Canadians were voting on Monday to determine whether Prime Minister Justin Trudeau, who swept into office four years ago as a charismatic figure promising “sunny ways,” will remain in power after two major scandals.
The first polls in what is considered a neck-and-neck race between Trudeau’s Liberals and the main opposition Conservatives led by Andrew Scheer were set to close shortly in the province of Newfoundland and Labrador, with voting ending in the Pacific Coast province of British Columbia at 7 p.m. (0200 GMT on Tuesday)
Trudeau, 47, the Liberal Party leader, was endorsed by former US President Barack Obama in the final stretch of the campaign and is viewed as one of the last remaining progressive leaders among the world’s major democracies.
But he was shaken during the campaign by a blackface scandal and has been dogged by criticism of his handling of a corruption case involving a major Canadian construction company. Trudeau, the son of the late Liberal Prime Minister Pierre Trudeau, has also had to overcome a sense of fatigue with his government.
Trudeau, accompanied by his family, voted in Montreal on Monday after a marathon sprint campaigning across the country in the past four days.
On Twitter, he repeatedly urged people to get out and vote. Voter turnout is crucial for the Liberals, who privately fear low engagement will affect them more than the Conservatives.
“The truth is it’s a coin toss right now,” Ipsos pollster Darrell Bricker said.
A year ago, no one would have predicted that Trudeau risked becoming the first prime minister since the 1930s to secure a parliamentary majority and then fail to win a second term.
The latest opinion polls suggest he may narrowly avert that result and could win a minority in the 338-seat House of Commons. That would still leave him in a weakened position and needing the support of left-leaning opposition parties to push through key pieces of legislation.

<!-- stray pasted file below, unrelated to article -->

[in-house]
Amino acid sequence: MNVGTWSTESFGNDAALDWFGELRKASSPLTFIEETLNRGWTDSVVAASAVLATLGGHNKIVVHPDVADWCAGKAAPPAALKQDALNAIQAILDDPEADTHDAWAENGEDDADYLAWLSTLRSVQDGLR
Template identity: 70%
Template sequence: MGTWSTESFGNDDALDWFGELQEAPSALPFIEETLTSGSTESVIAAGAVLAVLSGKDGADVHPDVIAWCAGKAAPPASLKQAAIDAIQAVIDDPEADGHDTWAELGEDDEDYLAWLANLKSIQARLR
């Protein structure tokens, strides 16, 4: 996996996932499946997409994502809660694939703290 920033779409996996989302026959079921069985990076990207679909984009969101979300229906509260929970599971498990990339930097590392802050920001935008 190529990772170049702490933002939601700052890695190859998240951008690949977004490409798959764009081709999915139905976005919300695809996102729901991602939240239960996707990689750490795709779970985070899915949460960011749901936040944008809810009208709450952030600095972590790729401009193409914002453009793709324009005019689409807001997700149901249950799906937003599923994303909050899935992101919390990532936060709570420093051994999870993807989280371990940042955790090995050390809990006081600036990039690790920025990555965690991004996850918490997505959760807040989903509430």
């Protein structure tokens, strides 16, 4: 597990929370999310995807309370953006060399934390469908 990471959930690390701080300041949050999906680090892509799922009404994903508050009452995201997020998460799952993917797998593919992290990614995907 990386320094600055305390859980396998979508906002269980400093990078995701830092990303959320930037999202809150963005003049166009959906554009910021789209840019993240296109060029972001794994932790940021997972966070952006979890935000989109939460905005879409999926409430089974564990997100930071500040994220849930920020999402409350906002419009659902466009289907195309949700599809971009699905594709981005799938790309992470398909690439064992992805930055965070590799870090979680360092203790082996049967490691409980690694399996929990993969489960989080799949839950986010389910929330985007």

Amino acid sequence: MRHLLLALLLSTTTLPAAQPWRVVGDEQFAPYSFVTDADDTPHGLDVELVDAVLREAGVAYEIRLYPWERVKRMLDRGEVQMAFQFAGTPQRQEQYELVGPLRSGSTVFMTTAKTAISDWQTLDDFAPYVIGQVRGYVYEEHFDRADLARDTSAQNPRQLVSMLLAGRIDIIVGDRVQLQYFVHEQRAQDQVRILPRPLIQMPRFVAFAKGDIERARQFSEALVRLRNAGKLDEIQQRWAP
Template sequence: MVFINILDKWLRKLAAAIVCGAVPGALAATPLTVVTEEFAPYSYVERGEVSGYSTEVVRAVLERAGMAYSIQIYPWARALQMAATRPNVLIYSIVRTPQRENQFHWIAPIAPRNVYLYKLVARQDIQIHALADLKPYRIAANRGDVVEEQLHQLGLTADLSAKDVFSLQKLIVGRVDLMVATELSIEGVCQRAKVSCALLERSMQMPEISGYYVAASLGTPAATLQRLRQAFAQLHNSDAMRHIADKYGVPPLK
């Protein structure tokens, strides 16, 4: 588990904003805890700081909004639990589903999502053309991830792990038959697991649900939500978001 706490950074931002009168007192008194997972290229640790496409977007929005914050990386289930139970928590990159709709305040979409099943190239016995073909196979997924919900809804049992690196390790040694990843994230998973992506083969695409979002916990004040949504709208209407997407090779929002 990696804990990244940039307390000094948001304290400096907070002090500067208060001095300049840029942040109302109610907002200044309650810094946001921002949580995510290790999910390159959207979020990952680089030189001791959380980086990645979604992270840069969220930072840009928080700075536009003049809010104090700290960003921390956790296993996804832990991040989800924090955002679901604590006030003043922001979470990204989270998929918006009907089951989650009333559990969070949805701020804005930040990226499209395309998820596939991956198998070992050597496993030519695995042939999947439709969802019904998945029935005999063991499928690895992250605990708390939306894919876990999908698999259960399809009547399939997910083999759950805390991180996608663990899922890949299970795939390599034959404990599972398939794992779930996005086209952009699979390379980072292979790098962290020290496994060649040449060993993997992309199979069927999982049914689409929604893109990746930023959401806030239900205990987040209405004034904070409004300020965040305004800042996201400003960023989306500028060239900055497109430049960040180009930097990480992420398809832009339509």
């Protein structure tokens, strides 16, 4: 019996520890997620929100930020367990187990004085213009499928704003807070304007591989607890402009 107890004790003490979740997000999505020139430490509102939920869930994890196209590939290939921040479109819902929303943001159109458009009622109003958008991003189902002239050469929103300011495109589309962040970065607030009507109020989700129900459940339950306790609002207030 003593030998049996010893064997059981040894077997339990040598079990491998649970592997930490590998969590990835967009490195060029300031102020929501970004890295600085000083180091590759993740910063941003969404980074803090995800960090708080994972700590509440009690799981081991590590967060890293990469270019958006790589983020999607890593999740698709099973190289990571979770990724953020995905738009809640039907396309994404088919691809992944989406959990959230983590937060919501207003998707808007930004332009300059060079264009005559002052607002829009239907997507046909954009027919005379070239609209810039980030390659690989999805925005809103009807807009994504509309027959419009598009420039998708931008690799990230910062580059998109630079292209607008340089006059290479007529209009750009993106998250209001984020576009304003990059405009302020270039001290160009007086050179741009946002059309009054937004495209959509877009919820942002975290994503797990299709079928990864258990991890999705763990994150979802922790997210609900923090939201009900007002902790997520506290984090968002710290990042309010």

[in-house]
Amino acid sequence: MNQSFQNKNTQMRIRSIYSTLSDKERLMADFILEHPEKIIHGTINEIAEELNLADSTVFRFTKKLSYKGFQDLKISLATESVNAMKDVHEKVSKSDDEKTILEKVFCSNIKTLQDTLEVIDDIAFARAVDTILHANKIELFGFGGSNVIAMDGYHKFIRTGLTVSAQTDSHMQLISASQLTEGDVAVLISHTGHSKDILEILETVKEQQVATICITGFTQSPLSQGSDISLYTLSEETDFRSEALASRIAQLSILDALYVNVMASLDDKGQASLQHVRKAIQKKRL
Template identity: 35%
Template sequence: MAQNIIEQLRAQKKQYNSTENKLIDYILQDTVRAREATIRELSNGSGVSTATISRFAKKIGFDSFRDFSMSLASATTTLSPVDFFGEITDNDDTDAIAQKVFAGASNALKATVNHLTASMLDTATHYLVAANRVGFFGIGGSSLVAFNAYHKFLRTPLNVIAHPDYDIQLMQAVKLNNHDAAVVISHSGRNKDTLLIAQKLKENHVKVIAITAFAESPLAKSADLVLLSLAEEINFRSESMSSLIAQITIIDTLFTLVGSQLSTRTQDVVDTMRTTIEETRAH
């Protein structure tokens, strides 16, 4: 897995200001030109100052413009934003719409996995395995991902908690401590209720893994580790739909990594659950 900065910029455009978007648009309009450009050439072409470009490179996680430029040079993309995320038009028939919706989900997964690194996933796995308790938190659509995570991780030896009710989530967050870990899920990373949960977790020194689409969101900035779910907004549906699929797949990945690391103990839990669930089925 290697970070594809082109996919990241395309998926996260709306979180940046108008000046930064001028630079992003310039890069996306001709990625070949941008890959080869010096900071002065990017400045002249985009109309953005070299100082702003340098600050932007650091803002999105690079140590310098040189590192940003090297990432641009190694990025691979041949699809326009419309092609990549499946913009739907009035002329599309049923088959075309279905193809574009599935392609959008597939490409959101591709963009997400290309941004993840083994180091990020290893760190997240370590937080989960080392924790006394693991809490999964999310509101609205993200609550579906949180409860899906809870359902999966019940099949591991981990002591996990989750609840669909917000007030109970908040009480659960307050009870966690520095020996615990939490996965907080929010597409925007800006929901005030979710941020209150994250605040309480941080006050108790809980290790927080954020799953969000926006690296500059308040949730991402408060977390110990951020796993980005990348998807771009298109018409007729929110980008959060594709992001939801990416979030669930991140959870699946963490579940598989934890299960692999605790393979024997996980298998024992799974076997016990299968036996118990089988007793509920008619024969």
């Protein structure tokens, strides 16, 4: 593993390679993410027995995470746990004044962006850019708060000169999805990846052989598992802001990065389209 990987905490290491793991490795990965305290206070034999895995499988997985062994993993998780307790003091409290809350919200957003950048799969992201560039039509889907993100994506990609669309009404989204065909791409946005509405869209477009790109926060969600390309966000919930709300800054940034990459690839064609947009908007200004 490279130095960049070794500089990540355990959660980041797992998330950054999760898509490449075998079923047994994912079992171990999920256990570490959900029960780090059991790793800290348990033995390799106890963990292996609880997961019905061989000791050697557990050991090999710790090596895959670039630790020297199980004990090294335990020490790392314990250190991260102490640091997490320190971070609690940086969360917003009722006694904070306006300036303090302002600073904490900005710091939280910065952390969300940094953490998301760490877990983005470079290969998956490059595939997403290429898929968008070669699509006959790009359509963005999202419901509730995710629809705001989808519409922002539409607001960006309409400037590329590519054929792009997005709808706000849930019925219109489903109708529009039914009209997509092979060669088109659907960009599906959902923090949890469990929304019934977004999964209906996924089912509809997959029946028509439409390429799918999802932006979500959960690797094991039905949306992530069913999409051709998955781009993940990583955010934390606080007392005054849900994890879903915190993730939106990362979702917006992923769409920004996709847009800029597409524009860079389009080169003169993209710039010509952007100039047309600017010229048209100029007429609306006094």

“(A minority government) would force people to talk to each other, which is what we need,” said Naomi Higgins, a 25-year-old voter in Toronto who supported the Liberals four years ago but switched to the Greens in this election. “We need to ... start doing what’s best for everyone instead of what makes one party or the other look best.”
Liberal campaign strategists say four members of Trudeau’s Cabinet could lose their parliamentary seats, including Public Safety Minister Ralph Goodale, a veteran member of parliament who is seen as one of the government’s heavyweights.
Goodale, 70, is the only Liberal member of parliament from the western province of Saskatchewan, where anger at Trudeau is mounting over federal environmental policies that the energy industry says will harm output.
The oil industry’s top lobbying group has blamed Trudeau’s policies for throttling investment in the sector, and some global energy companies have shed assets in the oil sands region of Alberta, the country’s main oil-producing province.
Canada’s economy, however, has been on a general upswing in 2019. The Canadian dollar has been the best-performing G10 currency this year, rising more than 4 percent against its US counterpart, as the economy added jobs at a robust pace and inflation stayed closed to the Bank of Canada’s 2 percent target.
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